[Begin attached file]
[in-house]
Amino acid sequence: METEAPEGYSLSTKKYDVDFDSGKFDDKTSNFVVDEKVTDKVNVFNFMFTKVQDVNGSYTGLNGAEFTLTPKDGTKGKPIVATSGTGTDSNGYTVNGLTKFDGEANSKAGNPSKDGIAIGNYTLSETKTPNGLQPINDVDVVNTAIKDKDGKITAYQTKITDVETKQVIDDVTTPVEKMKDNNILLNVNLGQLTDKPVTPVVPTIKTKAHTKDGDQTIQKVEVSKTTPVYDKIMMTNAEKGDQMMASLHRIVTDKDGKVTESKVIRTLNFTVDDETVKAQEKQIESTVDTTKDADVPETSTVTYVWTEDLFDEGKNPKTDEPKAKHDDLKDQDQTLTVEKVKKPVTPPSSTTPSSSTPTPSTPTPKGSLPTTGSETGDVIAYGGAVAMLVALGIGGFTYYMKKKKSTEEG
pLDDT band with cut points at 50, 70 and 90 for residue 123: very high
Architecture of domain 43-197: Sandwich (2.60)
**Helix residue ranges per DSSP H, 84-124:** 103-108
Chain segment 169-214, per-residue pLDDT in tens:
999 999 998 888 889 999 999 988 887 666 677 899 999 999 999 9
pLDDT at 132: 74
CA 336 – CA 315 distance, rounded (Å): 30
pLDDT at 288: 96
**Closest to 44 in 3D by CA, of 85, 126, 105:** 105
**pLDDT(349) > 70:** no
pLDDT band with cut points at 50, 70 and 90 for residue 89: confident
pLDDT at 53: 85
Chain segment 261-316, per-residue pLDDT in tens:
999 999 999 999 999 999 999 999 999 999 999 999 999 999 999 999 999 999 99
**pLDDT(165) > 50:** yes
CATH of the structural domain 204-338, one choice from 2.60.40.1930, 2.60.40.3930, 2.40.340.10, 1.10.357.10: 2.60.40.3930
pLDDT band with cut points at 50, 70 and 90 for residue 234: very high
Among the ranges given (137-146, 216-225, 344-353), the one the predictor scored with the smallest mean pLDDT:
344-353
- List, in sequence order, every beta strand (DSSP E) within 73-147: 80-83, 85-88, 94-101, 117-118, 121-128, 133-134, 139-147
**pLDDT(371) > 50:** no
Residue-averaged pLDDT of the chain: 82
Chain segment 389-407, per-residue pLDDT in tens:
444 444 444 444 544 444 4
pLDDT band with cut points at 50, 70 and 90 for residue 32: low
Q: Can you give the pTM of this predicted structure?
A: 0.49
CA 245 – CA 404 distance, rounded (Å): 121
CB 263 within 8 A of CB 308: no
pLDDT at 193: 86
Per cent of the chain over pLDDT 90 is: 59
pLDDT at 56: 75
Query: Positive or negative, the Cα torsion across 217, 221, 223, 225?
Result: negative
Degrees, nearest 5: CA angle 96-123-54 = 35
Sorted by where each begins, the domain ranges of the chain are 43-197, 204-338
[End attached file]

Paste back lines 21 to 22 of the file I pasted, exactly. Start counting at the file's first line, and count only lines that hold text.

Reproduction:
344-353
- List, in sequence order, every beta strand (DSSP E) within 73-147: 80-83, 85-88, 94-101, 117-118, 121-128, 133-134, 139-147